The Orioles are everyone’s favorite conundrum. Somehow, the Flying Manny Machados continually will their way into the playoff picture every year. They can do this by pulling off something crazy, such as breaking the one-run wins record or falling just 11 shy of the team home run record. Or they can do it with something wholly unsustainable, such as any year Chris Tillman has an ERA below four. In other words, the Orioles are a bit hard to predict. That said, I don’t think the Baltimore bullpen is getting enough credit.
Whether it’s projection systems or just casual conversation, the chatter about top-level back-end arms never seems to include the Orioles. We all hear about the two-headed monster in the Bronx, the postseason darlings in Cleveland, the top-down strength of Houston, and the refitted bullpen in Wrigleyville. But the Orioles bullpen deserves to be in this conversation with Zach Britton, Brad Brach, and Mychal Givens leading the way.
Assuming he gets to pitch, Britton is one of the most impactful relievers in the game. The southpaw has been a 2+ WARP closer for the Orioles for each of the past three years. In 2015 and 2016, Britton posted a ERA, DRA, and FIP below two, thanks to a K rate above 29 percent and a walk rate below 7 percent.
Last year was Britton’s best as well. The left-hander allowed four earned runs over 67 innings, which amounts to a 0.54 ERA — the best of all time for a qualified reliever. His peripherals were just as good, as he tallied a 29.1 percent strikeout rate, a 7.1 percent walk rate, and a 1.63 DRA, which was good for second in all of baseball among pitchers with 65 or more innings. So, yea, Zach Britton is excellent at this pitching thing.
Conventional wisdom would say that it’s hard to bet against Britton and his heavy sinker that can dial up to 100 miles per hour. The projections think so, too. Britton is tabbed for a bit of regression, which is reasonable for a guy who allowed a .230 BABIP and gave up only four earned runs. Still, PECOTA expects Britton to be a 1.8-WARP player, meaning his regression would be to that of a slightly more reasonable, top-tier closer.
After acquiring him in a trade from the Padres, Brach has been an excellent setup man. Brach’s first season with the Orioles was his “worst” by a good margin. Still a quality late-inning option, Brach posted a 3.18 ERA and 3.46 DRA with 21.3 percent strikeouts and 9.8 percent walks. That resulted in 0.8 WARP over 62 1⁄3 innings.
Then the switch flipped. Brach, who added a sinker when he arrived in Baltimore, pumped up the usage of his changeup in 2015.
Since increasing his changeup usage, he has been outstanding. His K rate has risen continuously, first to 27.5 percent in 2015 and then to 29.6 percent in 2016; his walk rate spiked to 11.7 percent but then settled at 8 percent. Plus, his ground ball rate jumped 8.3 percentage points from 2014 to 2015, and he held onto most of that progress in 2016. As a result, he posted a sub-3 ERA and DRA each season, with his 2016 marks nearing 2 on both accounts. As far as aggregate value goes, he racked up 2.0 and 2.4 WARP marks over his 79 innings in each respective season.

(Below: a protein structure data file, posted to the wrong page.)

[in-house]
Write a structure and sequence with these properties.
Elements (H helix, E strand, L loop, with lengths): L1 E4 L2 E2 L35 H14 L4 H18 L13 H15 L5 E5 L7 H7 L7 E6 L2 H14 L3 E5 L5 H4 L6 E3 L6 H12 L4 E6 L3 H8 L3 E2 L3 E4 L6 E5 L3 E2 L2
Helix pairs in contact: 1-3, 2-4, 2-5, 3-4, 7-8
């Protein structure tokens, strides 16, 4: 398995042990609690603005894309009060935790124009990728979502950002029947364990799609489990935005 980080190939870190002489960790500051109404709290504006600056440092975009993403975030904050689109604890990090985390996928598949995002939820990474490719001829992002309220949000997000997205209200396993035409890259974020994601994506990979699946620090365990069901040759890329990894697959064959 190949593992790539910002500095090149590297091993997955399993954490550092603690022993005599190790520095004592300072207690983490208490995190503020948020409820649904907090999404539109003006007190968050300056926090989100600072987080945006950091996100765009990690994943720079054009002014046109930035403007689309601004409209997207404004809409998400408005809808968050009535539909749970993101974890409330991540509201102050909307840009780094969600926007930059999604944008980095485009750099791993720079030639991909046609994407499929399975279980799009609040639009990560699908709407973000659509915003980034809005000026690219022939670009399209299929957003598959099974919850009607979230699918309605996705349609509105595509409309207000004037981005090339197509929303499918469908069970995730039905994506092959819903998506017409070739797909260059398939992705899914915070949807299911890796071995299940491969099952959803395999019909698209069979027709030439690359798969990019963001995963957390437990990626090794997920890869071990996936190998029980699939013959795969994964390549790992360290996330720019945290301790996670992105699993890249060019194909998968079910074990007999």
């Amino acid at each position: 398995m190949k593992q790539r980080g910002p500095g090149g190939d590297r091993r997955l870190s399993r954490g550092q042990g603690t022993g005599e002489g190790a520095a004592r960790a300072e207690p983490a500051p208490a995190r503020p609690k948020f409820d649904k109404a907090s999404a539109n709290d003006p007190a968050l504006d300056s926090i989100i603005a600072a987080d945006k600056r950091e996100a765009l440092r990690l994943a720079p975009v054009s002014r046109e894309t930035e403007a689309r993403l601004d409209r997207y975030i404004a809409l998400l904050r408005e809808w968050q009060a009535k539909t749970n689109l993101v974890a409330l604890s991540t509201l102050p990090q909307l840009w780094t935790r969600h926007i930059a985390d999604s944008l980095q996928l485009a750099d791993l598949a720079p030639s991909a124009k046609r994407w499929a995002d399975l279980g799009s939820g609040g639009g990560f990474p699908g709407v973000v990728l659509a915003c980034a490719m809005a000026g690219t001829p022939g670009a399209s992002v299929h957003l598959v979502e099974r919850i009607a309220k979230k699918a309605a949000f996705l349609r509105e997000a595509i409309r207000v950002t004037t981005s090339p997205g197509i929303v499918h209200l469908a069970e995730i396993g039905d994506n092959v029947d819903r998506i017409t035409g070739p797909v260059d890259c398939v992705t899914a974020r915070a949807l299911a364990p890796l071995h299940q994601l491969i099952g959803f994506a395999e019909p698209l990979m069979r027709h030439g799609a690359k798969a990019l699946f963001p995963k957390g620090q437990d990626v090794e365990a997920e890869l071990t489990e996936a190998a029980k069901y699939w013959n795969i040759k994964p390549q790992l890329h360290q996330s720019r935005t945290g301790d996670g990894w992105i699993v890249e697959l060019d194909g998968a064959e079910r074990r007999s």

Despite being an All-Star and fifth in WARP among relievers last year, Brach isn’t getting a lot of projection love. His projections see large spikes in all three of ERA, DRA, and FIP. Even Brach’s 90th-percentile projection puts him at a 3.10 ERA and a 3.08 DRA, which would be his highest since 2014. With this nasty cambio in his back pocket, Brach seems to have a lot more upside than that.
The other high-leverage arm in Baltimore that’s deserving of praise is Givens. In his first full season, Givens played a huge role in the Orioles ‘pen, joining with Brach to form a rock-hard bridge to their stalwart closer in Britton. Givens tossed 74 2⁄3 innings, which was good for second among Oriole relievers; with his DRA at 3.01 and ERA at 3.13, it’s fair to say he earned the role.
Givens, who registered the highest K rate of the group with 30.7 percent, has two highly effective pitches with two strikes. His fastball and slider, his two primary offerings, both sit at a 20 percent whiff rate when trying to put the batter away. Together with one of the highest soft contact rates in the majors, that makes Givens a deadly late-inning weapon.
Since Givens doesn’t have a long resume like Britton or Brach, projection systems aren’t as kind. Consistency is huge in projection models, so it’s no surprise that Givens isn’t getting a ton of love with systems like PECOTA seeing him as a 4.67-ERA guy. But, after getting a selection to the USA World Baseball Classic team, Givens is getting a bit of play as one of the better young relief arms in the league. That’s some high praise for the former Perth Heat shortstop.
The Orioles haven’t had much in their rotation for years. With staffs continually headlined with guys like Jason Hammel, Tillman, and Wei-Yin Chen, they’ve continually had to win games without consistent performances from their starters. But having Britton, Brach, and Givens at the end of the pen means the Orioles can shorten games and not have to rely much on their starting pitching, which may be helpful with Seth Smith and Hyun Soo Kim roaming the outfield.
Anthony Rescan is a Featured Writer at Beyond the Box Score. You can follow him on Twitter at @AnthonyRescan.